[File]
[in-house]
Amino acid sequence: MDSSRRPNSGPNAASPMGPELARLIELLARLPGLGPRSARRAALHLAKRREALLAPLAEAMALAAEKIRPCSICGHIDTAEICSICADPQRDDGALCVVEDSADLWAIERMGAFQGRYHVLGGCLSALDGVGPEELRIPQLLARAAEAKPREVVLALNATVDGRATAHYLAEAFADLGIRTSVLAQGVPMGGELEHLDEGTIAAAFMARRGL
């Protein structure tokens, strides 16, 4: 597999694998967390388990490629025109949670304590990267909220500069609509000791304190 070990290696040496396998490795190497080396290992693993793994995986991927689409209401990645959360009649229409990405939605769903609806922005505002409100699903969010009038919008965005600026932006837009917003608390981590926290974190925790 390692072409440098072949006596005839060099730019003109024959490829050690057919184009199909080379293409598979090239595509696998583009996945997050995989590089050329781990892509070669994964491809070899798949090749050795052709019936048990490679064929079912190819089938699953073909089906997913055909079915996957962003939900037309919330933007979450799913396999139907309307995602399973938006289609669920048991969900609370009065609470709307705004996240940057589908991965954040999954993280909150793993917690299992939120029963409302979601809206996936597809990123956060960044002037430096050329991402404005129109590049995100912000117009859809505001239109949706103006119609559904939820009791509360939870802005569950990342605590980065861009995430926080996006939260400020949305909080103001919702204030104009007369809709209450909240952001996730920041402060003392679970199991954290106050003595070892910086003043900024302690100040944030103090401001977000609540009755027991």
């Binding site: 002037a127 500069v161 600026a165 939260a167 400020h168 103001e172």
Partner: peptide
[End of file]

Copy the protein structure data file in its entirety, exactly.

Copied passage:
[in-house]
Amino acid sequence: MDSSRRPNSGPNAASPMGPELARLIELLARLPGLGPRSARRAALHLAKRREALLAPLAEAMALAAEKIRPCSICGHIDTAEICSICADPQRDDGALCVVEDSADLWAIERMGAFQGRYHVLGGCLSALDGVGPEELRIPQLLARAAEAKPREVVLALNATVDGRATAHYLAEAFADLGIRTSVLAQGVPMGGELEHLDEGTIAAAFMARRGL
């Protein structure tokens, strides 16, 4: 597999694998967390388990490629025109949670304590990267909220500069609509000791304190 070990290696040496396998490795190497080396290992693993793994995986991927689409209401990645959360009649229409990405939605769903609806922005505002409100699903969010009038919008965005600026932006837009917003608390981590926290974190925790 390692072409440098072949006596005839060099730019003109024959490829050690057919184009199909080379293409598979090239595509696998583009996945997050995989590089050329781990892509070669994964491809070899798949090749050795052709019936048990490679064929079912190819089938699953073909089906997913055909079915996957962003939900037309919330933007979450799913396999139907309307995602399973938006289609669920048991969900609370009065609470709307705004996240940057589908991965954040999954993280909150793993917690299992939120029963409302979601809206996936597809990123956060960044002037430096050329991402404005129109590049995100912000117009859809505001239109949706103006119609559904939820009791509360939870802005569950990342605590980065861009995430926080996006939260400020949305909080103001919702204030104009007369809709209450909240952001996730920041402060003392679970199991954290106050003595070892910086003043900024302690100040944030103090401001977000609540009755027991």
């Binding site: 002037a127 500069v161 600026a165 939260a167 400020h168 103001e172």
Partner: peptide